Unfortunately, the fact that many Americans desperately need help in settling their debt makes them vulnerable to scam artists. While there are legitimate debt settlement companies out there, it’s vital to know the difference between the ones that offer real help and the ones who are out to take your money. Following are some things to look for when searching for a third party to help negotiate your debt.
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Do it yourself.
Perhaps it sounds overly simple, but the most certain way to avoid scammers is to do the debt negotiation yourself. It may seem intimidating, but if you prepare yourself with information ahead of time and know your legal rights, it is possible to do an effective job settling your own debts with your creditors.
Consolidation and settlement are not the same things.
A debt settlement company works with your creditor to get the amount of debt reduced and the payments and interest rate lowered. Debt settlement can be quite expensive, as you subscribe to the company’s services and pay a monthly fee. Debt consolidation, on the other hand, conglomerates all of your debts into one amount under a new creditor, with one payment and one interest rate.
If it seems too easy, it is.
Some companies claim they will enroll you with no initial fee, and will simply sign you up to pay monthly fees to them. When this happens, you have no signed documents or official agreement between you and the company, and no guarantee that they will do what they said; you only agreed to pay them money. Avoid this scenario – if the company touts “no hassle,” it’s probably a scam.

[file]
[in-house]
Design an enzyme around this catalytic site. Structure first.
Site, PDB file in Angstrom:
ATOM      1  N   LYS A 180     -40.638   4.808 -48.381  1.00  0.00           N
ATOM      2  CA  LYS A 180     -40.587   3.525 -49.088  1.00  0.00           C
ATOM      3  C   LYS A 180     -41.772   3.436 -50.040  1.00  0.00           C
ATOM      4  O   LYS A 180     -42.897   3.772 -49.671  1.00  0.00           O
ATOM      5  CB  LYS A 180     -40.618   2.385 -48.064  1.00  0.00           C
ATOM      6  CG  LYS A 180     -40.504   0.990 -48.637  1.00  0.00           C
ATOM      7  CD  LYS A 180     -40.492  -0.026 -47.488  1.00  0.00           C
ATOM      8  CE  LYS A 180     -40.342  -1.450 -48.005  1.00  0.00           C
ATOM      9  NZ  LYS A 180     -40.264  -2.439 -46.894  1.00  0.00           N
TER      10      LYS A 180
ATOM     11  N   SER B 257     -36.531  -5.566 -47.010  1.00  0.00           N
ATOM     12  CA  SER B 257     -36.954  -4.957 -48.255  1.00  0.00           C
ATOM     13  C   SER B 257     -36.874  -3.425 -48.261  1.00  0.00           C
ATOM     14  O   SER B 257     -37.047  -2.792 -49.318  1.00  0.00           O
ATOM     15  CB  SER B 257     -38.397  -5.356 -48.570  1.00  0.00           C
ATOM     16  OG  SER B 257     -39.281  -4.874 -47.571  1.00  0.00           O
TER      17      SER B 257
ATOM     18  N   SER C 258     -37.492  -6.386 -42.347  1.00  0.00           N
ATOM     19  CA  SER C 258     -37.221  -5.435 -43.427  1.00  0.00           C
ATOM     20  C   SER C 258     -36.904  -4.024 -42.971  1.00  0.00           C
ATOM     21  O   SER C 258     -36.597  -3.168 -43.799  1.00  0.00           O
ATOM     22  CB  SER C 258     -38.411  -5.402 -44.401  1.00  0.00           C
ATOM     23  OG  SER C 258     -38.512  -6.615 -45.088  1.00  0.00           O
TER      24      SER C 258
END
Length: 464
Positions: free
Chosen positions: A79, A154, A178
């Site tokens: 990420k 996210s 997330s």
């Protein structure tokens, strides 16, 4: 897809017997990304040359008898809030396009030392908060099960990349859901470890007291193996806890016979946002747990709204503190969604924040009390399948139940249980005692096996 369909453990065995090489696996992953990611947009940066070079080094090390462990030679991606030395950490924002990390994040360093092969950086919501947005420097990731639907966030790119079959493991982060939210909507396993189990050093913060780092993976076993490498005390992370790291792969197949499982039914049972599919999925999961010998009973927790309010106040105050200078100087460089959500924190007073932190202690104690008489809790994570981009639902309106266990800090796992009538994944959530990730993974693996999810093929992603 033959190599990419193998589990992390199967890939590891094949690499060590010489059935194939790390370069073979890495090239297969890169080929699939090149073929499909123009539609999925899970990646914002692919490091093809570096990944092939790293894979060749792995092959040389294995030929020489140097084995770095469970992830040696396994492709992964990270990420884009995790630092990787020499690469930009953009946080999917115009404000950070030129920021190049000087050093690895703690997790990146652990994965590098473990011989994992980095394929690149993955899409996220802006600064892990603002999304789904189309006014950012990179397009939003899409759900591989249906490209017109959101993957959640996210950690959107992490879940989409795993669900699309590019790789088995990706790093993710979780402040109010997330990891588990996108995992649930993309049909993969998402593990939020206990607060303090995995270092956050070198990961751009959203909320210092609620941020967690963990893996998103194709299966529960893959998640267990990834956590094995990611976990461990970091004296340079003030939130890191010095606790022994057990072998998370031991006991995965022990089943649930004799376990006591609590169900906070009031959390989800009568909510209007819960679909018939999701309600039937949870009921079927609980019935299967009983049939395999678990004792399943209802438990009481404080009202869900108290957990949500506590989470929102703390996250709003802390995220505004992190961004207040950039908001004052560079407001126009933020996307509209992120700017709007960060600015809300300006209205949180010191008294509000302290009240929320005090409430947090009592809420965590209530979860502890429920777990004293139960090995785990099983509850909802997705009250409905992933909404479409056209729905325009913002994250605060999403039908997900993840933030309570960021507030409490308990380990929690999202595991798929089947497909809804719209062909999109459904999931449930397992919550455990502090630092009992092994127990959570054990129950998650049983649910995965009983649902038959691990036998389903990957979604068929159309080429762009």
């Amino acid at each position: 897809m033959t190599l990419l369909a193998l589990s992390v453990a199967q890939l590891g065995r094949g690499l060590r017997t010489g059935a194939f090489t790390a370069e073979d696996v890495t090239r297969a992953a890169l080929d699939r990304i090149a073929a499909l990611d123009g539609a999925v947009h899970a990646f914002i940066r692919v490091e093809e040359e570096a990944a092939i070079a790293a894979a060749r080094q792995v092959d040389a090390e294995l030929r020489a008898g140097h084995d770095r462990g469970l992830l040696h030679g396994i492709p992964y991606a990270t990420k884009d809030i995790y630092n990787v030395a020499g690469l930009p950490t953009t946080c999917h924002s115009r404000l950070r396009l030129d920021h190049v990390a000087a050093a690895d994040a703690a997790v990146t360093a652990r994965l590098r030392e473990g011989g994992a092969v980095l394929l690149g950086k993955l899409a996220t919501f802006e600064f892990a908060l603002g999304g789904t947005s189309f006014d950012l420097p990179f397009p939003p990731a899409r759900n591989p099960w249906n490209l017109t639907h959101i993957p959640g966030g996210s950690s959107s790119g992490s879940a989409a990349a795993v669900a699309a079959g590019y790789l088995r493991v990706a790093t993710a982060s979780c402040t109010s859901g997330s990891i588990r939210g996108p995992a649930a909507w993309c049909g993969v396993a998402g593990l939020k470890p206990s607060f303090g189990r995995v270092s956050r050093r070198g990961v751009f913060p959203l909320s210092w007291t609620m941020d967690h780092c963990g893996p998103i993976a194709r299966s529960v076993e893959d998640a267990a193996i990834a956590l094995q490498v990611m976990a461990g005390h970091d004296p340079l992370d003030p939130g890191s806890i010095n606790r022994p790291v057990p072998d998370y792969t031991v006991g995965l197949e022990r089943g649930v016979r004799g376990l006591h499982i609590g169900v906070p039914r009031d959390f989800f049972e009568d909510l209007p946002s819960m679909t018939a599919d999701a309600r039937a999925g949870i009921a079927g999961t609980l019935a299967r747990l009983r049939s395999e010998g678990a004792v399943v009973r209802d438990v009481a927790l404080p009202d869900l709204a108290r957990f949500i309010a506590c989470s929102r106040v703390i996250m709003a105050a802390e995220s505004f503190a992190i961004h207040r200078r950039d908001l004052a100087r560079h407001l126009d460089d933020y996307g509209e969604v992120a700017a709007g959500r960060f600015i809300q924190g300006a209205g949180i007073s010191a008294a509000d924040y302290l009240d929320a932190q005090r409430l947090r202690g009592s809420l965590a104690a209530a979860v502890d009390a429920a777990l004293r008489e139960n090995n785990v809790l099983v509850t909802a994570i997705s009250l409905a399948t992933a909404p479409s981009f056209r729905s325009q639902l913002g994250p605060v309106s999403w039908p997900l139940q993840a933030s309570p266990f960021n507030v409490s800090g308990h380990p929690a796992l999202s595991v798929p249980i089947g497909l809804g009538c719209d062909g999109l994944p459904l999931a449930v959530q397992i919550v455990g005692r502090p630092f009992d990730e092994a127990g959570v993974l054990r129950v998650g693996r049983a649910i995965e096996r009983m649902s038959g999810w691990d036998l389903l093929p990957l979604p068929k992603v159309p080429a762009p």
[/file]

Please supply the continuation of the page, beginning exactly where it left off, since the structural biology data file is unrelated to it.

Do your research.
As you are looking for companies to help you, investigate each one before you agree to work with them, or even before you contact them. Your state Attorney General’s Office and the Federal Trade Commission are good resources, and you can search for company reviews online (for example, type “Company Name reviews” into your web browser). The Better Business Bureau would have records of any complaints made against a company as well.
Avoid giving too much information.
A legitimate debt settlement company will not ask for personal information. They will ask for the name(s) of your creditor(s), the amount owed, and the interest rate. If the company is asking for your social security number or any other personal information, do not give it to them and end the communication.
Look carefully – there may be hidden fees.
Read all the fine print and make sure there are no hidden fees. A debt settlement company may charge you some sort of service fee in the middle of the proceedings after you are signed on with them. Make sure you do not sign any document or agreement until you have looked it over carefully.
Get referrals from trusted individuals or companies.
There’s nothing wrong with asking advice from people who have been there and done that. Your friends, co-workers, family members, etc. may have had a good or bad experience with a debt settlement company. Asking people you trust for advice is not a bad place to start.
If you keep some of these tips in mind, you should be able to avoid scams. One more thing to remember is, to trust your gut. If a company seems fishy or offers promises that seem too good to be true, it’s probably a scam.